Sometimes that means we want to become more self-aware, more attuned to our own emotions, and more wary of our tendency to deceive ourselves (Alain de Botton). Sometimes we want more than simple awareness: we want real, solid lessons on how to become more “moral” (James Collins, C. S. Lewis), or on how to lead “the good life” (Louis Auchincloss). Sometimes we want to learn how to interact with other people: how to interpret what other people say and make ourselves understood (Benjamin Nugent). If we’re writers, then we study Austen to learn how to craft sentences, how to weigh sentiment, how to weave themes (Diane Johnson, Margot Livesey, David Lodge). Sometimes we look to Austen’s heroes and heroines for different models of gender. In our unisex times, her portraits of men being men and women being women are especially intriguing. Sometimes we enter Austen’s elegant world to learn more about it, sometimes simply to escape our own (Ian Watt, Lionel Trilling, John Wiltshire). And sometimes we step in to learn how to laugh (Eudora Welty, Eva Brann, Amy Heckerling).
Sometimes we read Austen because we want to figure out how love works: how to earn respect, and how to bestow it. We turn to Austen to find out what the mutual exchange of esteem looks like (Harold Bloom). Although Austen’s novels all end happily ever after, they’re anything but cookie-cutter romances. They’re about men and women who, at the beginnings of their stories, are somehow not open to love. They’ve managed to get in the way of their own happiness, whether because they’re too witty, proud, reserved, bitter, wild, imaginative, staid, or self-involved. Throughout the course of the novel, they then learn whatever it is they need to learn about themselves and how to relate to others: how to be compassionate, steadfast, hopeful. And for this, Austen rewards them with the love of the one person in their world worthy of them. So although in form these are stories about love, in essence they are stories about self-discovery.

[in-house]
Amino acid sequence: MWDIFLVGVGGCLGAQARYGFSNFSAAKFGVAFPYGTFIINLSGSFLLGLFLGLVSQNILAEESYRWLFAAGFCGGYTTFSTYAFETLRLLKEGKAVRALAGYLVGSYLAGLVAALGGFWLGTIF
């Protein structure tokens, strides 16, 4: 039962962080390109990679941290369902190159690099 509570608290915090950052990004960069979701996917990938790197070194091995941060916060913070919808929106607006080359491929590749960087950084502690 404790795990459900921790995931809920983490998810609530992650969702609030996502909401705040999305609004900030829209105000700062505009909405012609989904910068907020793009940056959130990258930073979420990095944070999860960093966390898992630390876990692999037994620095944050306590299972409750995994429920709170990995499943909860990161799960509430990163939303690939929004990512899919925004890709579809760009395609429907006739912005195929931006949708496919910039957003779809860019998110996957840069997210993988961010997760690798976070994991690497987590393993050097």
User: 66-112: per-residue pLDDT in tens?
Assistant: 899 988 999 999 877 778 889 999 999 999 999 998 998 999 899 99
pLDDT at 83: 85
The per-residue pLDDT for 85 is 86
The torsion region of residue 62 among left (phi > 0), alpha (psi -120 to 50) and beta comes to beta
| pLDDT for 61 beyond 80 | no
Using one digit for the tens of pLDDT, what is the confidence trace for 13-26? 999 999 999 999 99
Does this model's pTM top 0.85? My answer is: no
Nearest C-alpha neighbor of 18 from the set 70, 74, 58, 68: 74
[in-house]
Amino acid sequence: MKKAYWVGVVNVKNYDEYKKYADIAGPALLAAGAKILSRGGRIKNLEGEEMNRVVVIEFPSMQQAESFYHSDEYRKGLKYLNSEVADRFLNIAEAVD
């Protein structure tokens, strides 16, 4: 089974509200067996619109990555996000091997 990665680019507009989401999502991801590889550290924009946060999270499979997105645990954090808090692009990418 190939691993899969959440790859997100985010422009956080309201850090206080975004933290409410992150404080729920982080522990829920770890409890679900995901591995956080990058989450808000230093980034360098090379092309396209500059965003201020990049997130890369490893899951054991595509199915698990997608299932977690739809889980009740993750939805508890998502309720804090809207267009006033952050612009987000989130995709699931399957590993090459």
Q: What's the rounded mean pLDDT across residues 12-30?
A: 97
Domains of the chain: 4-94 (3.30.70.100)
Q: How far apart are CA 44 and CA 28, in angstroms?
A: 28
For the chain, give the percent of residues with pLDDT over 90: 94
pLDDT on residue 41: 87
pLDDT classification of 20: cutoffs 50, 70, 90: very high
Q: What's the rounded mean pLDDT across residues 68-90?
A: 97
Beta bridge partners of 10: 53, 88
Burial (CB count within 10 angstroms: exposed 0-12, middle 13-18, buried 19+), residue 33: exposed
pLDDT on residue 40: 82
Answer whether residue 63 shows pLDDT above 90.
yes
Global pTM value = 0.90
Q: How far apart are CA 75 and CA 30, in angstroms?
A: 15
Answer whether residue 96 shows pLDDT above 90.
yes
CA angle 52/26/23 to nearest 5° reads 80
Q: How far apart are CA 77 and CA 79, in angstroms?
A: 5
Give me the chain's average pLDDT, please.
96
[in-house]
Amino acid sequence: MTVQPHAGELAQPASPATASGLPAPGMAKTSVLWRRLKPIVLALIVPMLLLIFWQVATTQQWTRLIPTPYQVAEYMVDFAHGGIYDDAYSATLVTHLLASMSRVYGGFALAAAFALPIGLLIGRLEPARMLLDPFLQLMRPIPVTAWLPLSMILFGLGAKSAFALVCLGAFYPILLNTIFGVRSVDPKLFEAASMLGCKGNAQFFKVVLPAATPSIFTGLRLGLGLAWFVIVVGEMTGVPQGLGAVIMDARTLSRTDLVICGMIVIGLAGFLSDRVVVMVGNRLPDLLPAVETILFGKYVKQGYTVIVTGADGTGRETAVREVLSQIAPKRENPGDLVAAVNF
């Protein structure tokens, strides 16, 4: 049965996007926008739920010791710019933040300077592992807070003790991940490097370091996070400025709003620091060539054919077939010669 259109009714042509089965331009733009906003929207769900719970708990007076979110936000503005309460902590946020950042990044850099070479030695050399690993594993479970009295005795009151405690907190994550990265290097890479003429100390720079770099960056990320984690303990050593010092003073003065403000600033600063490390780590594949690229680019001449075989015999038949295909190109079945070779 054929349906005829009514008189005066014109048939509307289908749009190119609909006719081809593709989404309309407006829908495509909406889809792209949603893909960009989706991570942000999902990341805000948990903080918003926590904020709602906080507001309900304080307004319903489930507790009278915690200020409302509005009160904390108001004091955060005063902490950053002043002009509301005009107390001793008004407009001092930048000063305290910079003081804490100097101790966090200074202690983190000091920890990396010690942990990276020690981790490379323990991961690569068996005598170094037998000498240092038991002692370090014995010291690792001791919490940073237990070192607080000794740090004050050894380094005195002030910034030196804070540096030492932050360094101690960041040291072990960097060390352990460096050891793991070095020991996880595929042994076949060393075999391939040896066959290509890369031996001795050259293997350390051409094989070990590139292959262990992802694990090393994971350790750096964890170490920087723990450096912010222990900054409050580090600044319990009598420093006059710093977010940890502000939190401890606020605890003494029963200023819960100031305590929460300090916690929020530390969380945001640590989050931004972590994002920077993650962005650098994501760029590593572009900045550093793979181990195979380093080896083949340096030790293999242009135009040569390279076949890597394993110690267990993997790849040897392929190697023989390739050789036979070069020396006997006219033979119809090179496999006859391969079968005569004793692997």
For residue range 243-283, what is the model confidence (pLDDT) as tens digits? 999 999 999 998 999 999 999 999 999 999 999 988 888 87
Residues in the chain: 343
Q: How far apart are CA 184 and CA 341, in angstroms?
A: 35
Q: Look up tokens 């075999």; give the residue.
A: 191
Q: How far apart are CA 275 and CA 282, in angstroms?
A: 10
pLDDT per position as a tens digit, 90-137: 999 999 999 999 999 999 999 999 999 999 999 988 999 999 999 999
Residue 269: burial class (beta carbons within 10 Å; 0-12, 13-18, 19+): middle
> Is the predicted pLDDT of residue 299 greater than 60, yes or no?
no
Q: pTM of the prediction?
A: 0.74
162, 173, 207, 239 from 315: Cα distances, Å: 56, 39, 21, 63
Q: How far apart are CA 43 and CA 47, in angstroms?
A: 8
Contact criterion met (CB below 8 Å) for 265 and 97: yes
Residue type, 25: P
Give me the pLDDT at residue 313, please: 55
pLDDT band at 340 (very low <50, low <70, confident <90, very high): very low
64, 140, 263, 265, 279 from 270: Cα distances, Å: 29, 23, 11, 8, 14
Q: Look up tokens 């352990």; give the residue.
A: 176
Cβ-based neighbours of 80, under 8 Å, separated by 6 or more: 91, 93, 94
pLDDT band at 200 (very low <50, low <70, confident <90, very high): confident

There are elements of these lessons about life and love Austen in almost every modern love story, for we also get Austen indirectly from authors and filmmakers who have read Austen—or who have read others who have read Austen. She’s present every time sparks fly between a spirited heroine and a stuffed-up hero (You’ve Got Mail, What Women Want, and of course Bridget Jones’s Diary). Every time a matchmaker ends up matched (Amélie, Clueless, Cold Comfort Farm). Every time a quiet, hopeful heroine beyond her first bloom finds love (Moonstruck, My Big Fat Greek Wedding, As Good As It Gets), or two lovers get a second chance (Love Affair, Philadelphia Story). Austen influenced what we expect out of a love story, as well as what we long for most in love.
Can Jane Austen’s novels be considered the best novels of our time. I say “yes”. And maybe it is a preference after all. But, if it is, it’s a preference shared by so very many readers, viewers, writers, and simple lovers over the course of the last two hundred years that this cultish preference has become an astonishing phenomenon of literary history. Of all the novels of our time, Austen’s sacred six have had the greatest impact on how we live and love today.
Susannah Carson is a doctoral candidate in French at Yale University. Her previous degrees include an M.Phil from the Sorbonne Paris III, as well as MAs from the Université Lyon II and San Francisco State University. She has lectured on various topics of English and French literature at Oxford, the University of Glasgow, Yale, Harvard, Concordia, and Boston University.